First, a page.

It doesn't happen often, but once or twice every decade a motion picture
comes along that redefines its genre. "Identity," complexly written
by Michael Cooney and stunningly crafted by director James Mangold
(1999's "Girl, Interrupted"), may just invigorate to life slasher
movies the same way that 1999's "The Sixth Sense" jump-started psychological
thrillers. Similarities between M. Night Shyamalan's monster hit and
this film are superficial, at best, but they do share a willingness
to offer up something startlingly fresh, thoroughly unpredictable,
genuinely creepy, and unshakably thought-provoking. By the time "Identity"
reaches its heart-stopping final twist of a scene (nevermind the corkscrew
zinger that comes fifteen minutes earlier), it is safe to say not
a single audience member will be able to pinpoint another movie quite
like the one that have just encountered.
Taking a page from Agatha Christie's classic, "Ten Little Indians,"
"Identity" places ten strangers within a secluded and ominous setting,
and then proceeds to methodically bump them off at the hands of a
mystery killer. It's a dark and stormy night in the Nevada desert.
With the roads flooded, seemingly unrelated travelers are forced to
check in at an out-of-the-way motel. The victims/suspects include
a limousine driver (John Cusack) chauffeuring has-been television
actress Caroline Suzanne (Rebecca De Mornay); a down-on-their-luck
family consisting of a sincere stepfather (John C. McGinley), a critically
injured mother (Leila Kenzle), and a mute son (Bret Loehr); an argumentative
newlywed couple (Clea DuVall, William Lee Scott); a just-retired prostitute
(Amanda Peet) headed for her Florida hometown to start over; and a
police officer (Ray Liotta) transferring a convict (Jake Busey) across
the state. As these people start getting killed off in what increasingly
seems like a systematic fashion, they discover that they are all somehow
linked. But who is the cold-blooded murderer? And what is their motive?
Reading the premise, you may think you've got it all figured out,
or sigh with the feeling that you have seen such a tried-and-true
formula played out countless times before. Think again. "Identity"
may be a horror movie with a body count for its first hour, albeit
a particularly creepy and faultlessly orchestrated one, but then it
blindsides with the sort of plot revelation that turns everything
that has come before and everything that follows on its head. It is
utterly incalculable, even as you may scold yourself for not picking
up on all the carefully placed clues along the way. More importantly,
though, this novel twist does not pop up for the sole reason of fooling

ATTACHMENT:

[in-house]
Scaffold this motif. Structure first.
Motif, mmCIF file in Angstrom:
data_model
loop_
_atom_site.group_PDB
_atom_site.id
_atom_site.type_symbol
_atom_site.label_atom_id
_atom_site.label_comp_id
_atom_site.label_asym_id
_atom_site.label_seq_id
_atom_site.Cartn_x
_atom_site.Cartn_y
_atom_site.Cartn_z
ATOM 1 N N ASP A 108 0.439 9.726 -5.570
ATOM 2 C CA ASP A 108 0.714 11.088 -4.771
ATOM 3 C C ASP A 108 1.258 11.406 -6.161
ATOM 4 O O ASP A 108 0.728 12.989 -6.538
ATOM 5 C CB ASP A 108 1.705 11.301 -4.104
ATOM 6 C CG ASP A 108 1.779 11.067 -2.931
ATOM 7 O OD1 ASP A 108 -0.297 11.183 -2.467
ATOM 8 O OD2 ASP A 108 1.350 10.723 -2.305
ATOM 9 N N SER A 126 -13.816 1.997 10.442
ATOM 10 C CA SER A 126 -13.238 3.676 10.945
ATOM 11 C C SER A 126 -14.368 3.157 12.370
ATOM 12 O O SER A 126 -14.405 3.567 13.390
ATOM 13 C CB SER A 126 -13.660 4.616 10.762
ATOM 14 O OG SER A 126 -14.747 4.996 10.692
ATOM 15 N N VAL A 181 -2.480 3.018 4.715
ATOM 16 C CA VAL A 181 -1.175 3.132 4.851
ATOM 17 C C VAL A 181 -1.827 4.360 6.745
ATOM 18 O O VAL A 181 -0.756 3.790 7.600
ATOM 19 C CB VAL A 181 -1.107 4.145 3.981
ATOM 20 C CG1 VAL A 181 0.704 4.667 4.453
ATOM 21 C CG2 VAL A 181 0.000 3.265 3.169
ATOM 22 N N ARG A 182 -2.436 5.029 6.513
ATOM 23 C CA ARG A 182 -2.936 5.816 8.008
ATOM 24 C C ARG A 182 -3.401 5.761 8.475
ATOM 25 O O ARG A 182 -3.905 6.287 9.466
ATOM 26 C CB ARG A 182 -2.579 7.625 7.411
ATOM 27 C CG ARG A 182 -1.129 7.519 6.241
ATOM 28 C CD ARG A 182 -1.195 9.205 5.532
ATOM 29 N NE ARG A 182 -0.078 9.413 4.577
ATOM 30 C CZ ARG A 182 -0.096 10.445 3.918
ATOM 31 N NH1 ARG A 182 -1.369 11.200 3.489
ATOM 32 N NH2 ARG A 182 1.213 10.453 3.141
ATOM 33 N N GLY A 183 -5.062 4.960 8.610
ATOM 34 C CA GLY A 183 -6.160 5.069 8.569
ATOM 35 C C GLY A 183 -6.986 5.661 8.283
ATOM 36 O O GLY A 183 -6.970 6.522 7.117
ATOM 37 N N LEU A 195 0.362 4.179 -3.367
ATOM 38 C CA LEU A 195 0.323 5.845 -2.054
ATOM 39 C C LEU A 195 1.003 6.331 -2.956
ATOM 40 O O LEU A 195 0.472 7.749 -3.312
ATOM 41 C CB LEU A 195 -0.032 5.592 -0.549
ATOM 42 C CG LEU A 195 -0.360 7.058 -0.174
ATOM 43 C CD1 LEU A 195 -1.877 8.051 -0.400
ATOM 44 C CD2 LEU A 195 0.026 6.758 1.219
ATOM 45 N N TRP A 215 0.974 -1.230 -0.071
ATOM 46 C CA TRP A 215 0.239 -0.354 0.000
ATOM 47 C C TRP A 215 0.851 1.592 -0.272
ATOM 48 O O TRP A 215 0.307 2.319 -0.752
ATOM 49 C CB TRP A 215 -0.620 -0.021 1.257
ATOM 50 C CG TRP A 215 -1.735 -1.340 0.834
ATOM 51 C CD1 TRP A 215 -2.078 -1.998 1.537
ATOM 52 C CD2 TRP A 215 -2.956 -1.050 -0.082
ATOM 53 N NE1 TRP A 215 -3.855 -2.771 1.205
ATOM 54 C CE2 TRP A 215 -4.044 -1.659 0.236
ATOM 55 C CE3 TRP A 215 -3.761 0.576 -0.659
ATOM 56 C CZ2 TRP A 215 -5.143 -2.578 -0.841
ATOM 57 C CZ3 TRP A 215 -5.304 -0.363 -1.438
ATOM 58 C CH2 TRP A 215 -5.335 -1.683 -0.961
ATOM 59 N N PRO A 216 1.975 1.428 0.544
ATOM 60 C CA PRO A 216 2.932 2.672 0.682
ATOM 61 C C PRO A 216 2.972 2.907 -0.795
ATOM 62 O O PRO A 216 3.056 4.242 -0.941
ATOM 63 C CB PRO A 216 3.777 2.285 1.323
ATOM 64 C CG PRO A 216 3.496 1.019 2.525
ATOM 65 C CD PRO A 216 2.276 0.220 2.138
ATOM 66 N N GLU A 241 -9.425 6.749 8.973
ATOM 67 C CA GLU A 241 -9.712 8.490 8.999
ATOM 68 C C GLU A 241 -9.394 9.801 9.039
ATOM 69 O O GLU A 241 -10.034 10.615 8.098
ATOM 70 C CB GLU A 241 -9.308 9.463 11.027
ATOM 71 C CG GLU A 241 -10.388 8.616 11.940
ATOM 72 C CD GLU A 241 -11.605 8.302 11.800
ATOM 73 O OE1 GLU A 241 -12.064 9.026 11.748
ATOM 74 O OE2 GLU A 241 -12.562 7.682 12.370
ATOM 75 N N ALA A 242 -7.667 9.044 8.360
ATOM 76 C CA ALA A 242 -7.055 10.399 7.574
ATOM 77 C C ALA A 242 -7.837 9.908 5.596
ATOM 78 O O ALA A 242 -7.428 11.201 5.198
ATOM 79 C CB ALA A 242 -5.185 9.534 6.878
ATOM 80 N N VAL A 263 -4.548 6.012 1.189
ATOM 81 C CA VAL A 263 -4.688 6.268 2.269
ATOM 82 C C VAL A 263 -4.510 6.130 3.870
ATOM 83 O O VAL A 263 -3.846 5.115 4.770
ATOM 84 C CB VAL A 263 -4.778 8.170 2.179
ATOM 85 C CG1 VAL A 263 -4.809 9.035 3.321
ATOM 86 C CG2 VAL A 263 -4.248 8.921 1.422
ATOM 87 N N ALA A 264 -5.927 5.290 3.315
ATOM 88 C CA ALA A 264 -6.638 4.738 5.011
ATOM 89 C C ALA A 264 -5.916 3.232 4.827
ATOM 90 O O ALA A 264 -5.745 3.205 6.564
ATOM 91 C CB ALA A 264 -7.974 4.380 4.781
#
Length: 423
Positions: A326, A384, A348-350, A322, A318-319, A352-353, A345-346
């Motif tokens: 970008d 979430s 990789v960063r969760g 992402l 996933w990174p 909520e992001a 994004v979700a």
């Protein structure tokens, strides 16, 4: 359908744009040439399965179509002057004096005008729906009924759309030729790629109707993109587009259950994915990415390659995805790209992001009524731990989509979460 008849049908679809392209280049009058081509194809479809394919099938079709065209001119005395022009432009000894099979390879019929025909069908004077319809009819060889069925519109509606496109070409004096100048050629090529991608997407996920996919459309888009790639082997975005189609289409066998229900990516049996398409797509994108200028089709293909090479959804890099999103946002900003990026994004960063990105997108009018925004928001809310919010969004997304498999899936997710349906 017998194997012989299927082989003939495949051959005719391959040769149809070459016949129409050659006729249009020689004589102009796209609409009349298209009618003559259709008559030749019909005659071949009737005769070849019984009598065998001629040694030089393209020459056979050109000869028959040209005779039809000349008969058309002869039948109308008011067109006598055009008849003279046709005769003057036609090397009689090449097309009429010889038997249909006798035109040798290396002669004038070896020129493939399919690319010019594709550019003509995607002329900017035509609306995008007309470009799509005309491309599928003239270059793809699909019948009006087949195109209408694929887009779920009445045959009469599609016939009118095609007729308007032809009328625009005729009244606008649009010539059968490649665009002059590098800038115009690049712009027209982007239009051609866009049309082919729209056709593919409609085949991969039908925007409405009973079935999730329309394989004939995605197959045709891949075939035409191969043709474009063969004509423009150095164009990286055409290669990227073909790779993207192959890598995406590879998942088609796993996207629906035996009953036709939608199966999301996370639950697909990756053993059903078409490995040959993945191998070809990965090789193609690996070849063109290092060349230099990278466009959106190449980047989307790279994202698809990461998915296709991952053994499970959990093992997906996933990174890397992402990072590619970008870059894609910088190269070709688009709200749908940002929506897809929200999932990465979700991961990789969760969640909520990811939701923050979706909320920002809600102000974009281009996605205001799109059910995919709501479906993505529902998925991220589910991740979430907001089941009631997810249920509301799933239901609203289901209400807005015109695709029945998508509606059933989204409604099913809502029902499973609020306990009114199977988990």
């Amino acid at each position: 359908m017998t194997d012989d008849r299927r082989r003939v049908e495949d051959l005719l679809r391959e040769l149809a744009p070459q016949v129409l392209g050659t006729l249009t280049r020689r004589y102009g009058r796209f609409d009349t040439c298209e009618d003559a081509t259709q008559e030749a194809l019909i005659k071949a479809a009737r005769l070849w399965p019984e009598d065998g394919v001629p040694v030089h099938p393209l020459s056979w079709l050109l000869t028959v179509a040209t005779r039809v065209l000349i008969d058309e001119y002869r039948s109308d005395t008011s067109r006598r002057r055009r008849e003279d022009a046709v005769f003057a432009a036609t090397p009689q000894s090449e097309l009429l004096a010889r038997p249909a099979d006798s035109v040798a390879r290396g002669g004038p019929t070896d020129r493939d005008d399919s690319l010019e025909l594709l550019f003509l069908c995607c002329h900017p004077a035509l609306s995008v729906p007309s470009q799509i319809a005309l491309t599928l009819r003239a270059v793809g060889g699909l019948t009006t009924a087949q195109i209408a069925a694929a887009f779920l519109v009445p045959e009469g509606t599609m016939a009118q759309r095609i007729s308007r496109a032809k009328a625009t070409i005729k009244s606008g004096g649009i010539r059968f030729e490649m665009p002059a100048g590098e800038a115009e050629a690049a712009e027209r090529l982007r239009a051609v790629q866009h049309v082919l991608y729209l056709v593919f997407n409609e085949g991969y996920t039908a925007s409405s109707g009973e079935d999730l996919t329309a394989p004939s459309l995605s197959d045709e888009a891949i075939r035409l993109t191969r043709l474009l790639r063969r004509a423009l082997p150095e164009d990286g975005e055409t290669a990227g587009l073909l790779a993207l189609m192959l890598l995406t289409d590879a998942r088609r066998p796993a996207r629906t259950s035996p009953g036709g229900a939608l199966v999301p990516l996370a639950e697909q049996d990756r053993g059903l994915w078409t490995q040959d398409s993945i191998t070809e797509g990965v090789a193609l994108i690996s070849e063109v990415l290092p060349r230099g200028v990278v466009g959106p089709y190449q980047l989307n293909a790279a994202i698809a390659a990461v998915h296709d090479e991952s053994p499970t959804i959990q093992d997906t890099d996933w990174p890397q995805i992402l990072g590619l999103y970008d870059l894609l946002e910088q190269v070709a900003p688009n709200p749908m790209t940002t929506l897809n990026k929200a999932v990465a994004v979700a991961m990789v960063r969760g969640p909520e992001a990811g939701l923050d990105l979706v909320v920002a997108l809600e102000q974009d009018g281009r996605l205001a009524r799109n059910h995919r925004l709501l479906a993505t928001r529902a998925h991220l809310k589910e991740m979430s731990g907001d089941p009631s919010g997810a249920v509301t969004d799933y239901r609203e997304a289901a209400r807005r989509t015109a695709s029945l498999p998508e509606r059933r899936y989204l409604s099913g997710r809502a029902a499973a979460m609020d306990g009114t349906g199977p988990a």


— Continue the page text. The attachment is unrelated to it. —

the viewer, but has a real purpose for being. It metamorphoses "Identity"
from what could have been just a high-gloss, unusually well-cast slasher
movie into something markedly deeper, substantially richer, and far
more existential in nature. To say any more about the climactic truths
uncovered would be blasphemy directed toward those who have not had
the pleasure of experiencing this compact, 90-minute gem.
Director James Mangold delights in the first two acts in toying with
the typical slasher movie conventions, all the while cooking up something
far closer in atmosphere and style to Alfred Hitchcock than, say,
"Friday the 13th." The killings, although occasionally bloody, appear
more often after the fact than during the act, but it is in his classic-style
setups that Mangold really comes into his own. He is aided by the
sumptuously moody and detailed cinematography by Phedon Papamichael
(2002's "Moonlight Mile"), superbly putting shadows and pouring rain
to expert use, and the tight, meticulously woven editing by David
Brenner (2001's "Kate and Leopold").
At around the 65-minute mark, Mangold suddenly throws the genre safety
net out from under the viewers, but in a good way. Yes, it forces
us to look at everything differently, but it also strengthens rather
than cheapens what has already come. And, best of all, it adds levels
of poignancy and depth to the proceedings, just as the second twist--in
the final minutes--returns the movie with a bang to its veritably
scary and disturbing roots.
The cast, filled from all sides by real talent, fit right in. John
Cusack (2002's "Max") is so perfect in his sort of laid-back, everyman
kind of roles, and his Ed makes for an enthralling protagonist. As
former prostitute Paris, who just wants to get to Florida and start
an orchard, Amanda Peet (2002's "Changing Lanes") matches Cusack scene
for scene, developing her role far more than what is expected of a
female heroine, usually on hand to just run and scream (although she
does these quite well too). As the questionably off-kilter motel clerk,
John Hawkes (2000's "The Perfect Storm") brings an unforced, distinguishable
energy to his scenes. Everyone else--especially the wonderful Clea
DuVall (2002's "Thirteen Conversations About One Thing"), the always
interesting Ray Liotta (2001's "Heartbreakers"), and bright young
newcomer Bret Loehr--are standouts in purposefully archetypal roles.
Ultimately, how general audiences perceive the third act will make
or break "Identity" at the box office. It does not offer simple answers,
does not always follow through with what is expected of a spooky whodunit,
and will be rendered useless for those who don't pay close attention,
opting to make unnecessary bathroom runs and cell phone calls as the
movie is still playing itself out. For those who are tired of the
"same old thing," however, "Identity" makes for a surprisingly challenging
and rewarding motion picture experience, as ruminous and unforgettable
as it is thrillingly spooky and suspenseful. Move over, "Psycho" and
"Rosemary's Baby"--"Identity" has every last thing it takes to achieve
classic modern horror film status.
Copyright © 2003 Dustin Putman